<%-- Page Title--%> Human Rights <%-- End Page Title--%>

<%-- Volume Number --%> Vol 1 Num 127 <%-- End Volume Number --%>

October 17, 2003

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Tibetan Refugees In Nepal

Dr Riffat Hossain Lucy

During my recent visit to Nepal, the South Asia Forum for Human Rights (SAFHR) took a bold initiative and arranged a visit to Pokhara, situated at 200 kilometre west of Kathmandu. Pokhara means "land of lakes". It is a beautiful hilly area situated at an altitude of 827 metres from the sea and is about eight hours drive from Kathmandu. Pokhara records the highest rainfall in Nepal and has several beautiful lakes offering an eye-catching view of Himalayan peaks.

The journey through the spiral roads running through the very high hills with evidence of land-slides towards Pokhara was very exciting. There was a wonderful reception from the refugees. Twenty-nine participants from eight countries working for human rights were in the list to visit the old Tashi Palkhiel Tibetan Refugee camp. Most of the Tibetan refugees were lucky enough to have escaped across the borders into Nepal to live in settlements in Kathmandu' Budhanath district and the remainder in Pokhara, Baglung, Mustang, Taplejung, Manang, Rasuwa, Solukhumbu and Lalitpur.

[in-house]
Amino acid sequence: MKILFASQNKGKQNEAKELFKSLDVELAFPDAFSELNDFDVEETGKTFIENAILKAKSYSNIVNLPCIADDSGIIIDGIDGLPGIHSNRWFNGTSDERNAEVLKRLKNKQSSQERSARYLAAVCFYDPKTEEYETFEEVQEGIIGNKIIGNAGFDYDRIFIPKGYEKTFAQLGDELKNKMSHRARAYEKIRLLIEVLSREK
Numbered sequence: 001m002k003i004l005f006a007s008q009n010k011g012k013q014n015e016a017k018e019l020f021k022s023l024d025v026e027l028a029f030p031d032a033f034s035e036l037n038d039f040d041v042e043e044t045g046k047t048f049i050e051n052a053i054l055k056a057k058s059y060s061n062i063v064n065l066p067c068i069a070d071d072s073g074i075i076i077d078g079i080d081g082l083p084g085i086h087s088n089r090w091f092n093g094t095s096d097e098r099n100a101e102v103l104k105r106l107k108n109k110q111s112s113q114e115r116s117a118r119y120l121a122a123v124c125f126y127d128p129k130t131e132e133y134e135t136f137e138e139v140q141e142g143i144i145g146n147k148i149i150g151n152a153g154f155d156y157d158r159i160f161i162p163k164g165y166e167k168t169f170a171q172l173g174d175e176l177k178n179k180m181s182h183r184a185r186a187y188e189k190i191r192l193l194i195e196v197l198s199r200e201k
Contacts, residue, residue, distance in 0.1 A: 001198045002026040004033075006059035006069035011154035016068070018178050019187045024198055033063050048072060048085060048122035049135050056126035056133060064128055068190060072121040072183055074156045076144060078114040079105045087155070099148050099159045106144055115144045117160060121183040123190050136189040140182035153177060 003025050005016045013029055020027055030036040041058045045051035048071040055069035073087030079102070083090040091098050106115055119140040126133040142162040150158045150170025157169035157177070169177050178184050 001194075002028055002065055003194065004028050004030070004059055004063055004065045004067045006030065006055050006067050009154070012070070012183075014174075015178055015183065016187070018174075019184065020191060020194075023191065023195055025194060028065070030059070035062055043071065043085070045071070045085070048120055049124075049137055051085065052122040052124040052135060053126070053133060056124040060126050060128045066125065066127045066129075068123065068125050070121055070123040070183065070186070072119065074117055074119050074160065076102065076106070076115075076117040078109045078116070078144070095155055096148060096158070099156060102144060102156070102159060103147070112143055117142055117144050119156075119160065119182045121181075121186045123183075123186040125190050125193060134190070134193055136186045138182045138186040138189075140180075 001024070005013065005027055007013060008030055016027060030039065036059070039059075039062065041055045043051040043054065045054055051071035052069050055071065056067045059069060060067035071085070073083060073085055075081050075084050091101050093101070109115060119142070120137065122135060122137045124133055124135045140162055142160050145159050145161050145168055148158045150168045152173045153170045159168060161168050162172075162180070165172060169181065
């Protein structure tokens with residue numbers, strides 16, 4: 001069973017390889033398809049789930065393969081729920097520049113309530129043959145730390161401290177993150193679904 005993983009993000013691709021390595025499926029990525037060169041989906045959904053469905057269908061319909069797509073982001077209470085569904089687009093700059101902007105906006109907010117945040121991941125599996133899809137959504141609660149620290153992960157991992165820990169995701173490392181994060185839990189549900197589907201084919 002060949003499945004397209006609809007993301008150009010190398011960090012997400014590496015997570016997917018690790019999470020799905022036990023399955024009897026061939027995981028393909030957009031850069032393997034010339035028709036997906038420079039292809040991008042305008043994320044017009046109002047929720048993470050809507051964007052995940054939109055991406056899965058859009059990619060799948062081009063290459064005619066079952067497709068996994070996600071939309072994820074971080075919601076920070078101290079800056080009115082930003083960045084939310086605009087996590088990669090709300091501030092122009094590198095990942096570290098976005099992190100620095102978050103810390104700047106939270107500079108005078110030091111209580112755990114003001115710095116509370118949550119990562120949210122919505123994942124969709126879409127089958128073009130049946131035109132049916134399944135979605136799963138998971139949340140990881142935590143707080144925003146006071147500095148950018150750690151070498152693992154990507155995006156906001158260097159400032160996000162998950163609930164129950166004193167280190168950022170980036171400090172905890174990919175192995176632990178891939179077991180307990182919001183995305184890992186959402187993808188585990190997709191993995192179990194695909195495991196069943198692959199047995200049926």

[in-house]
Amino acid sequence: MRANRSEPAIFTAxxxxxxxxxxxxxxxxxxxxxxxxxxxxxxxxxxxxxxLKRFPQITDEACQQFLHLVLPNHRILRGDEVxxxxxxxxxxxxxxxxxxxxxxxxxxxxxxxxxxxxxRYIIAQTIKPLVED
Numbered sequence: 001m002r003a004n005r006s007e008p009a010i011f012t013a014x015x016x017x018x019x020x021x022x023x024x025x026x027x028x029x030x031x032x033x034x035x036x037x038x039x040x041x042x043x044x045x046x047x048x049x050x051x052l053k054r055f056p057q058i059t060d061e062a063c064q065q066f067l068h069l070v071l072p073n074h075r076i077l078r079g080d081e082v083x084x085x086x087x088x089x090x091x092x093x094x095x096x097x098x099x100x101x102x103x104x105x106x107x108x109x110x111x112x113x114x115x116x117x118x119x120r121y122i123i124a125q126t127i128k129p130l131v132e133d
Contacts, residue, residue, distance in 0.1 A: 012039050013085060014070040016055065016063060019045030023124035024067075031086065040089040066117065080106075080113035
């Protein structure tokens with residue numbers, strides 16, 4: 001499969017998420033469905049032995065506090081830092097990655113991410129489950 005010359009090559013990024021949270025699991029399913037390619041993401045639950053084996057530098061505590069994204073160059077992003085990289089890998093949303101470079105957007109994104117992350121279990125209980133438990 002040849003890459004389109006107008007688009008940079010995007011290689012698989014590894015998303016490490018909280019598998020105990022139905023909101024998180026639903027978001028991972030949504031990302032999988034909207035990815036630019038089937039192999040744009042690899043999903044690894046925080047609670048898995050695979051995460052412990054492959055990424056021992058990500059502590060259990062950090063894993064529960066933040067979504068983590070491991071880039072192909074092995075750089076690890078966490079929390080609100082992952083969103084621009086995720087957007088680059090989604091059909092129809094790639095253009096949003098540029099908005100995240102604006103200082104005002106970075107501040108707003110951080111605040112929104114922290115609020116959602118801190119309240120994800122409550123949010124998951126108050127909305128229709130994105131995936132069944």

Virtually, Nepal is now the home of 18,000 officially registered Tibetan refugees (unofficially more than 20,000), who are known to have fled to Nepal in 1959, the year when Tibet's spiritual leader Dalai Lama fled to Dharmasala, India. Most of them are actually children and grandchildren of the refugees. In1960 the Nepalese government arranged to provide Tibetan refugees with land. They established four temporary settlements. Dhialsa in Solu Khumba Mountain, Dhorpatan in western Nepal, Jawalakhel in Kathmandu and Tashi Palkhiel in Pokhara. As the Tibetans have no right to buy property, Nepal Red Cross (NRC) purchased the land with the donations from UNHCR.